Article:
Published on 31 Oct 13
by NEW SOUTH WALES DIVISION, THE TAX INSTITUTE
As we get older we need to plan for the future and recognise that there will come a point where we need to put in place future plans that acknowledge that we may not be able to carry them out personally.
This paper covers:
- what is it and what function does it perform
- contrasted with an enduring power of attorney
- why it is important
- what happens if you do not have one in place
- can it be conditional?
- who should be appointed
- issues arising in blended family situations.
Richard is a partner in the firm of Teece Hodgson and Ward where he specialises in wills and estates law, estate planning, powers of attorney and guardianship and related litigation, a high proportion of which is contested probate, Family Provision Act cases and other equity work. Richard is an accredited specialist in wills and estates law, a chairperson of the Advisory Committee for Specialist Accreditation in Wills and Estates, a member of the Supreme Court Probate Users Group, a member of the Elder Law & Succession Committee of the Law Society of New South Wales, a member of the International Academy of Estate and Trust Law, a member of the Society of Trust and Estate Practitioners and a fellow of the Tax Institute.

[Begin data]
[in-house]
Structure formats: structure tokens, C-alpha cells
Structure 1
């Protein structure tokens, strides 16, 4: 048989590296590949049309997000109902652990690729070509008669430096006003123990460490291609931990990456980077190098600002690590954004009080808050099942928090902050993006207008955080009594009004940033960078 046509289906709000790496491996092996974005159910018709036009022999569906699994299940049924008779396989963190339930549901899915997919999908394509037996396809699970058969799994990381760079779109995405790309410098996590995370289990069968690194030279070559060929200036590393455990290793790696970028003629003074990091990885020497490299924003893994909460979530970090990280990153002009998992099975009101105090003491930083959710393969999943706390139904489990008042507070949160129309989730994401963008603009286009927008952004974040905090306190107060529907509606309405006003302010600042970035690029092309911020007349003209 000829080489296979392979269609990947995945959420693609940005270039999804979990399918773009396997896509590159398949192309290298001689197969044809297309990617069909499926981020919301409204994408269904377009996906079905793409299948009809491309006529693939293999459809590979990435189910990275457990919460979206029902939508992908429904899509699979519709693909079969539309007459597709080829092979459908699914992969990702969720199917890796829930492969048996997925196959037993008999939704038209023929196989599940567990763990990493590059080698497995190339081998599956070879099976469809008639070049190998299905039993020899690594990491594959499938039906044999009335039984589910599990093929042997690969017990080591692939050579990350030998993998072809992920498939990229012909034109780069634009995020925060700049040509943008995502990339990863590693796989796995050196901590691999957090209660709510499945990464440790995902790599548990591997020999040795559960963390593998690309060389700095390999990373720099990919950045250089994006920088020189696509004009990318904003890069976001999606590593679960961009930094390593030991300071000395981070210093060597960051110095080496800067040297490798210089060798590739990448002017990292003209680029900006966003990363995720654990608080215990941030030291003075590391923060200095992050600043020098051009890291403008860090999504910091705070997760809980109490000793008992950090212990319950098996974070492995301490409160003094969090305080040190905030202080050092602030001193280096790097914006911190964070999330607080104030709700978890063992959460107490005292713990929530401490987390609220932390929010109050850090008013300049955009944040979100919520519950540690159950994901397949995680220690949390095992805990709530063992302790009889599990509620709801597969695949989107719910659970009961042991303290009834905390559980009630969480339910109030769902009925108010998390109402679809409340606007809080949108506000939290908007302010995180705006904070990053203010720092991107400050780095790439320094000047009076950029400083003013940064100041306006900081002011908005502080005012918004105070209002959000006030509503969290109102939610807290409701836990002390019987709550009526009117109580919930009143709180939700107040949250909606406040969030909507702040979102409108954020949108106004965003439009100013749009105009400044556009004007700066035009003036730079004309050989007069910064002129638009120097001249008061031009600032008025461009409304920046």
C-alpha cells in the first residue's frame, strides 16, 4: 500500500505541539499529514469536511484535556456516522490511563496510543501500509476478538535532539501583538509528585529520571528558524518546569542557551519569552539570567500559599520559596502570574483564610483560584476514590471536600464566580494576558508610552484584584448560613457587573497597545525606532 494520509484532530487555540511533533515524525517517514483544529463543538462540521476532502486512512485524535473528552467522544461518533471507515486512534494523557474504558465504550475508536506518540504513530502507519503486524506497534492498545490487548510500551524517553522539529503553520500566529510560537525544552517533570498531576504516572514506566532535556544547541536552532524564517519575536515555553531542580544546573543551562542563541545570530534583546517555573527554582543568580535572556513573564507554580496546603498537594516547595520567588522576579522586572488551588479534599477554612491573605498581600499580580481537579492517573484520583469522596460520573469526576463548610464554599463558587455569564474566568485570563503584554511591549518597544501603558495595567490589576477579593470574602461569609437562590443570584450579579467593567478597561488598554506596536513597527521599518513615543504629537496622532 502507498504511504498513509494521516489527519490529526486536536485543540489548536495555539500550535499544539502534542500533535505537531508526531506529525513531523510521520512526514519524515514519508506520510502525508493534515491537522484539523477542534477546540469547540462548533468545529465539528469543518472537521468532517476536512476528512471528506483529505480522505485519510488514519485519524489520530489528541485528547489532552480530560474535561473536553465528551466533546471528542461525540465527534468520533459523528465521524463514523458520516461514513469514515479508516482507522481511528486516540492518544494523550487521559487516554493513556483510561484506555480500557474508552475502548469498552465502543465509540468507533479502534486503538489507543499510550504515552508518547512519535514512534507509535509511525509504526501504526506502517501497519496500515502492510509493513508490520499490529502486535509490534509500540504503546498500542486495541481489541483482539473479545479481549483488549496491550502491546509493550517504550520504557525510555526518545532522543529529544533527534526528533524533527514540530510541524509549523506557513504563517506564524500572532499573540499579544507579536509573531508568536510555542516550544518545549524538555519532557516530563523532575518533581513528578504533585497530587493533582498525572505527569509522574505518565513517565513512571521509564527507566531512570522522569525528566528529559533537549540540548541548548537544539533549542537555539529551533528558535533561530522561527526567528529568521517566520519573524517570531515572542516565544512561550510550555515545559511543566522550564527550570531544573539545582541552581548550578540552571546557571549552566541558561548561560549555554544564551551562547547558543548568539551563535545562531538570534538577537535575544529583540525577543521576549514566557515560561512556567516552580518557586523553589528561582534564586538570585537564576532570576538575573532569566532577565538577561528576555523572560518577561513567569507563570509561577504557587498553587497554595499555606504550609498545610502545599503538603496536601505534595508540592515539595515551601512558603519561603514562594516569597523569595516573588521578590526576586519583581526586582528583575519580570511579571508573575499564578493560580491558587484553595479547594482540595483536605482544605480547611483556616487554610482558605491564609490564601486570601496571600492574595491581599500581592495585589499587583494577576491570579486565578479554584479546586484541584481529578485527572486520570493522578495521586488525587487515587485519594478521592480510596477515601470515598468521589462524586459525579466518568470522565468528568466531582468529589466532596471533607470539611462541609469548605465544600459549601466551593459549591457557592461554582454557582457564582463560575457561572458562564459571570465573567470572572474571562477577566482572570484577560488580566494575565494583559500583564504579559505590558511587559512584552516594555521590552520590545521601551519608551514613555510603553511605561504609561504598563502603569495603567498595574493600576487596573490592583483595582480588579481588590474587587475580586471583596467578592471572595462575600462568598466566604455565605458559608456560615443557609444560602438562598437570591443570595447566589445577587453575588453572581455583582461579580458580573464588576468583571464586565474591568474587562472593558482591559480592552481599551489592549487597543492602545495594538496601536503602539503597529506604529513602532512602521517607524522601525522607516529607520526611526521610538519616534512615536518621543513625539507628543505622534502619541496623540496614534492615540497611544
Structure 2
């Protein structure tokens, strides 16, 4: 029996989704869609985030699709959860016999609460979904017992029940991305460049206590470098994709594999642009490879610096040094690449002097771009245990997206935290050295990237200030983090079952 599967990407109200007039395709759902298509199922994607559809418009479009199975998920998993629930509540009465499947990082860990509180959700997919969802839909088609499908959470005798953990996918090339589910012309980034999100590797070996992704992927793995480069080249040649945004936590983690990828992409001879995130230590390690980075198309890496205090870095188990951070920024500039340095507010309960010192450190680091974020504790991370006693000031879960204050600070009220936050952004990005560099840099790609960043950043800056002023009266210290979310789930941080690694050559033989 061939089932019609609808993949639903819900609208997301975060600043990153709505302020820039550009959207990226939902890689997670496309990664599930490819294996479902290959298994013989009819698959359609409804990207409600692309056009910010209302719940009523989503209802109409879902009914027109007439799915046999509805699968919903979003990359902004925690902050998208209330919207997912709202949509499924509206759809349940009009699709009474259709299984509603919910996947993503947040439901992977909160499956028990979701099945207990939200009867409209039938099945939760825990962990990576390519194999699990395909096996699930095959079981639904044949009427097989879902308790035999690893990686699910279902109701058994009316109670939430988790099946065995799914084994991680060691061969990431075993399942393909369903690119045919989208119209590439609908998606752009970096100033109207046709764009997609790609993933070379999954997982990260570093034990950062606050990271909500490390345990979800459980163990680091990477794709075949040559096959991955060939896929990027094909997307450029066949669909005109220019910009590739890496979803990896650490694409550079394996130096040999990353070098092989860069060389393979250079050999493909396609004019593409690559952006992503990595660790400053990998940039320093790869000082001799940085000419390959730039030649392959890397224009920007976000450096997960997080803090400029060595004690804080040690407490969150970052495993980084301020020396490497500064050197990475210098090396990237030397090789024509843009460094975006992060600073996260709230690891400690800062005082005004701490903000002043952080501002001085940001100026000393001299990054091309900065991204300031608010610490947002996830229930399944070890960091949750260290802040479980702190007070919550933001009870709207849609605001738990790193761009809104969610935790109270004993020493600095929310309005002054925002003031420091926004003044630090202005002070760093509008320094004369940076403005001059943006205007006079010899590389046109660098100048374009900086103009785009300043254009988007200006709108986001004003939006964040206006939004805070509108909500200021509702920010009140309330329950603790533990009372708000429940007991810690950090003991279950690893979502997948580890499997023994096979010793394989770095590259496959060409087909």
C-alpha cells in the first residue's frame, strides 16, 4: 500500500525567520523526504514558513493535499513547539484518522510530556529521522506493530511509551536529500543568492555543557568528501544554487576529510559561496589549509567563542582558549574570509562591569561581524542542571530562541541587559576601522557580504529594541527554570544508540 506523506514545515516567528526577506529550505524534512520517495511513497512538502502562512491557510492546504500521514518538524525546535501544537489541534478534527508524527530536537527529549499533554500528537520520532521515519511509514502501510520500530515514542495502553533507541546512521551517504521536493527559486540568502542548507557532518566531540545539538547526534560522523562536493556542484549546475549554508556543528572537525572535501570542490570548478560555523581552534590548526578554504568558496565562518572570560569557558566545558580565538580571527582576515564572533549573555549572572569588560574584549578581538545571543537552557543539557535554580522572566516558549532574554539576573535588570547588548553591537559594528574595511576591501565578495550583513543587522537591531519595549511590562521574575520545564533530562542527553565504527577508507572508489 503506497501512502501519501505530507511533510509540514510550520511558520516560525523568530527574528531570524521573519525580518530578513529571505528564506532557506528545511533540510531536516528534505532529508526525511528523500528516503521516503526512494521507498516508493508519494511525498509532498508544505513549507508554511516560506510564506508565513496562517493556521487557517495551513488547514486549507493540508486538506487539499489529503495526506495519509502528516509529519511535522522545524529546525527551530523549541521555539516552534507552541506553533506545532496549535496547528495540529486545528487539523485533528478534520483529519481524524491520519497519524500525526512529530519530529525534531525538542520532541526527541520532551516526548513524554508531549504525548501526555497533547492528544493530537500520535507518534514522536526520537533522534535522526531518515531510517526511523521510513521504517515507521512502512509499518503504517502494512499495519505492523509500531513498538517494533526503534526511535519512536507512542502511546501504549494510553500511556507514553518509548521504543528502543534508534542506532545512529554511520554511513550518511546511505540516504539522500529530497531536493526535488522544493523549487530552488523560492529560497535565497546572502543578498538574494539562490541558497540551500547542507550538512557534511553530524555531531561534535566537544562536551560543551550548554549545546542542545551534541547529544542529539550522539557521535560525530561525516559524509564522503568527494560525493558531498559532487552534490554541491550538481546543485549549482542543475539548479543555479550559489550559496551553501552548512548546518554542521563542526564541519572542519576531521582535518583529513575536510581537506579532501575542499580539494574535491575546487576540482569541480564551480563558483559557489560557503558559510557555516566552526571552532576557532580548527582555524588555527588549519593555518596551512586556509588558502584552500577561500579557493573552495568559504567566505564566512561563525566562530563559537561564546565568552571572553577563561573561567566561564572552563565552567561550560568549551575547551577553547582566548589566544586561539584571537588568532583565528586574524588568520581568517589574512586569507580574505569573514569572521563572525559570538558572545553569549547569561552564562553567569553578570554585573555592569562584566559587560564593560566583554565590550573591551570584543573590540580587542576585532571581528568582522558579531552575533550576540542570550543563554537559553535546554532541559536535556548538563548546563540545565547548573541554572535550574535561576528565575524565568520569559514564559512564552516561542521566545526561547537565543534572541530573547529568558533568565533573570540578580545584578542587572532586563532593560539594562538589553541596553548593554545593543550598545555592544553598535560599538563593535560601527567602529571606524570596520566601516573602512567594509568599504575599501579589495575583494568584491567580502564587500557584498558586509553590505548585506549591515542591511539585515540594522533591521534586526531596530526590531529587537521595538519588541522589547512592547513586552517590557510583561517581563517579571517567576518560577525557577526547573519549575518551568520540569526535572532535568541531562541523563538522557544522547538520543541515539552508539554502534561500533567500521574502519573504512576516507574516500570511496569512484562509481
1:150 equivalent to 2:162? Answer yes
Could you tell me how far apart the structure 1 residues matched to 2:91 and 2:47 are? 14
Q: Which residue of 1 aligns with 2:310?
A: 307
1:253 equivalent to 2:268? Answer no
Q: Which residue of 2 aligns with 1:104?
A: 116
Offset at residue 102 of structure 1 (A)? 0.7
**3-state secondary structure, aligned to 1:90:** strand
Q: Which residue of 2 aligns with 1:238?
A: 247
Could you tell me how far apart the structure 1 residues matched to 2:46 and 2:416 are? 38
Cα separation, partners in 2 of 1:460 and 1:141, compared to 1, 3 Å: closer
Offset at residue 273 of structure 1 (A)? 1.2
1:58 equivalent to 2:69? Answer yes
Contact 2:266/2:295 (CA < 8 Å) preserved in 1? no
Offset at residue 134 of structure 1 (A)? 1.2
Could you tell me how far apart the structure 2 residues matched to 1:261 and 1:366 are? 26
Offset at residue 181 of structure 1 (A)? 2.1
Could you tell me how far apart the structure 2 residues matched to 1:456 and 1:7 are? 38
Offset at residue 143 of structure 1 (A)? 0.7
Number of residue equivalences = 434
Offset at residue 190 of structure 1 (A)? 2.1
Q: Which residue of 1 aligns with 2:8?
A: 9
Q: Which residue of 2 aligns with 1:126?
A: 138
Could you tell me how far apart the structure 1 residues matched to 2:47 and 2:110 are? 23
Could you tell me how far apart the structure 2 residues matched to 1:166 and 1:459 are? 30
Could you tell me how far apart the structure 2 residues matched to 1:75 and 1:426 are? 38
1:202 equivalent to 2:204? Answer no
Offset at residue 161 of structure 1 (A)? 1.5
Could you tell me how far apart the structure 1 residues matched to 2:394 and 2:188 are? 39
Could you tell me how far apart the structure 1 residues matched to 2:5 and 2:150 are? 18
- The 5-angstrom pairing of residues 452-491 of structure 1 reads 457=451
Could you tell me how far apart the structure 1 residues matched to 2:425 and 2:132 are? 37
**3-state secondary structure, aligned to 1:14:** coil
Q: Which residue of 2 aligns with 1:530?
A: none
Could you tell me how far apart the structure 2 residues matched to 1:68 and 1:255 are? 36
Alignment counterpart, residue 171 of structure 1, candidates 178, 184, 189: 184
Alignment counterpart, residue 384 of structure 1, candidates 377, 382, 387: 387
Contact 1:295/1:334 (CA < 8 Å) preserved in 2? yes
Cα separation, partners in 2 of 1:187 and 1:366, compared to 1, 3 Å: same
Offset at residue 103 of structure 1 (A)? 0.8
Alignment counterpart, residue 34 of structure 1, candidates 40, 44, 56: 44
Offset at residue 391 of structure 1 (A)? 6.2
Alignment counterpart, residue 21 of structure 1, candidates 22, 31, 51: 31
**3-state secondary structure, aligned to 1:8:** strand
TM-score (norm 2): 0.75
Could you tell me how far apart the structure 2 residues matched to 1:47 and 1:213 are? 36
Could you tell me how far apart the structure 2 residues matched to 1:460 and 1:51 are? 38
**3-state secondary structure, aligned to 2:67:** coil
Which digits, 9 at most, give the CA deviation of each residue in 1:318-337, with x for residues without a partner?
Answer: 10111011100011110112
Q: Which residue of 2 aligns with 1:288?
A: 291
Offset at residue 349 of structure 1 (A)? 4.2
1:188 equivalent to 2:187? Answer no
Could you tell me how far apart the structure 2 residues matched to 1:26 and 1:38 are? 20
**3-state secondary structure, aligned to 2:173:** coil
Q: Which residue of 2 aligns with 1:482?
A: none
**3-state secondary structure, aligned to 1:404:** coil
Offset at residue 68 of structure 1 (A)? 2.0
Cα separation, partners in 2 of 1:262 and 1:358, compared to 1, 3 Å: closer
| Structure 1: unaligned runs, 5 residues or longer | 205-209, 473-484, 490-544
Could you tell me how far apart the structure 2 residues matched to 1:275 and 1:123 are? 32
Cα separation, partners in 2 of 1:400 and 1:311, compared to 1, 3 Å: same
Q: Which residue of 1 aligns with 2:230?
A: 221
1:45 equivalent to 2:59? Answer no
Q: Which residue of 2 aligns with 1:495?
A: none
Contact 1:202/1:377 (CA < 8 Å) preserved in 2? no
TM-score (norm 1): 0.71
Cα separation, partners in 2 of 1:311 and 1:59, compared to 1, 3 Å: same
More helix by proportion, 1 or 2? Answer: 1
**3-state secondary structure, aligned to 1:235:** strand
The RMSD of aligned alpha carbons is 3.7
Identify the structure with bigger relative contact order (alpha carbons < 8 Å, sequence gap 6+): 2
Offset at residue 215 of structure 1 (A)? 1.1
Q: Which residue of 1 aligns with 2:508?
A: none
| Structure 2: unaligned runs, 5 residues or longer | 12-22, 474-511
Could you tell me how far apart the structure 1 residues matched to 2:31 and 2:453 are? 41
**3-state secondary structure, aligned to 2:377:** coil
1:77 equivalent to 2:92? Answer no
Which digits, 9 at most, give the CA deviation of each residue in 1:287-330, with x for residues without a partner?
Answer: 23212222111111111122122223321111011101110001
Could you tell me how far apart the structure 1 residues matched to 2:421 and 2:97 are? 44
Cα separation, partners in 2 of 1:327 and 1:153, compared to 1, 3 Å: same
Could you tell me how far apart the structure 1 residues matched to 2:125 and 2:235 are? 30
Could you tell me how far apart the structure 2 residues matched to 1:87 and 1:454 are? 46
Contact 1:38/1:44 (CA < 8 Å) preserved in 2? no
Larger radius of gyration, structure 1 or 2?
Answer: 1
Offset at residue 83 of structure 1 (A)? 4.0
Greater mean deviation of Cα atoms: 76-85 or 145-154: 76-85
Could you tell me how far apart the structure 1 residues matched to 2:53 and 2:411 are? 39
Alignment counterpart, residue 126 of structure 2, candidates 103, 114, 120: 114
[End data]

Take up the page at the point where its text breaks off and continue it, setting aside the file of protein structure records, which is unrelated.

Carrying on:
Current at 15 March 2006
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